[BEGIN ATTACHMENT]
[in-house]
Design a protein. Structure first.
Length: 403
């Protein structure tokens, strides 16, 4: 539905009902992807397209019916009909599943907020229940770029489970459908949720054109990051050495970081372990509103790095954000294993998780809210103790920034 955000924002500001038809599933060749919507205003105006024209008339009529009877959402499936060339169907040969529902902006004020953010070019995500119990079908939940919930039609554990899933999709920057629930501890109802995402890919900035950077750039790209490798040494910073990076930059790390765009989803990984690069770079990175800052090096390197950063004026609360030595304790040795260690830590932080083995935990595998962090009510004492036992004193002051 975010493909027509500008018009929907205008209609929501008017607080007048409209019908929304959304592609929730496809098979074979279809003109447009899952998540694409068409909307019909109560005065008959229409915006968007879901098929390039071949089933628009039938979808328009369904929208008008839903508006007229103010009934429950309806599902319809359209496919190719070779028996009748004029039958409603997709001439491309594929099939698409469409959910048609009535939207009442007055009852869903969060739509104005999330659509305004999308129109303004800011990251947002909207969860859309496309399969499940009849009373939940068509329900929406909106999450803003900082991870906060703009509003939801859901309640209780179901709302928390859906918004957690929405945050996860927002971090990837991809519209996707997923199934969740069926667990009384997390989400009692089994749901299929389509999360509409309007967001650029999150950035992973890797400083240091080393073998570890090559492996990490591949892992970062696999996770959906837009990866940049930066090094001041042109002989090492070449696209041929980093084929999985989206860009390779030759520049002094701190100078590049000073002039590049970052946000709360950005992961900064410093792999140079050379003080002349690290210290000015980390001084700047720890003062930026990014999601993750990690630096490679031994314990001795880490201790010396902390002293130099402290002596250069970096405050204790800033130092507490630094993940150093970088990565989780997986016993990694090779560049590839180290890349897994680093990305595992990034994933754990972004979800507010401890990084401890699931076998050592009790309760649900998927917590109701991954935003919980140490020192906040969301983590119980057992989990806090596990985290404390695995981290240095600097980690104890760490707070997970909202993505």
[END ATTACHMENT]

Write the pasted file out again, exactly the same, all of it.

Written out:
[in-house]
Design a protein. Structure first.
Length: 403
């Protein structure tokens, strides 16, 4: 539905009902992807397209019916009909599943907020229940770029489970459908949720054109990051050495970081372990509103790095954000294993998780809210103790920034 955000924002500001038809599933060749919507205003105006024209008339009529009877959402499936060339169907040969529902902006004020953010070019995500119990079908939940919930039609554990899933999709920057629930501890109802995402890919900035950077750039790209490798040494910073990076930059790390765009989803990984690069770079990175800052090096390197950063004026609360030595304790040795260690830590932080083995935990595998962090009510004492036992004193002051 975010493909027509500008018009929907205008209609929501008017607080007048409209019908929304959304592609929730496809098979074979279809003109447009899952998540694409068409909307019909109560005065008959229409915006968007879901098929390039071949089933628009039938979808328009369904929208008008839903508006007229103010009934429950309806599902319809359209496919190719070779028996009748004029039958409603997709001439491309594929099939698409469409959910048609009535939207009442007055009852869903969060739509104005999330659509305004999308129109303004800011990251947002909207969860859309496309399969499940009849009373939940068509329900929406909106999450803003900082991870906060703009509003939801859901309640209780179901709302928390859906918004957690929405945050996860927002971090990837991809519209996707997923199934969740069926667990009384997390989400009692089994749901299929389509999360509409309007967001650029999150950035992973890797400083240091080393073998570890090559492996990490591949892992970062696999996770959906837009990866940049930066090094001041042109002989090492070449696209041929980093084929999985989206860009390779030759520049002094701190100078590049000073002039590049970052946000709360950005992961900064410093792999140079050379003080002349690290210290000015980390001084700047720890003062930026990014999601993750990690630096490679031994314990001795880490201790010396902390002293130099402290002596250069970096405050204790800033130092507490630094993940150093970088990565989780997986016993990694090779560049590839180290890349897994680093990305595992990034994933754990972004979800507010401890990084401890699931076998050592009790309760649900998927917590109701991954935003919980140490020192906040969301983590119980057992989990806090596990985290404390695995981290240095600097980690104890760490707070997970909202993505």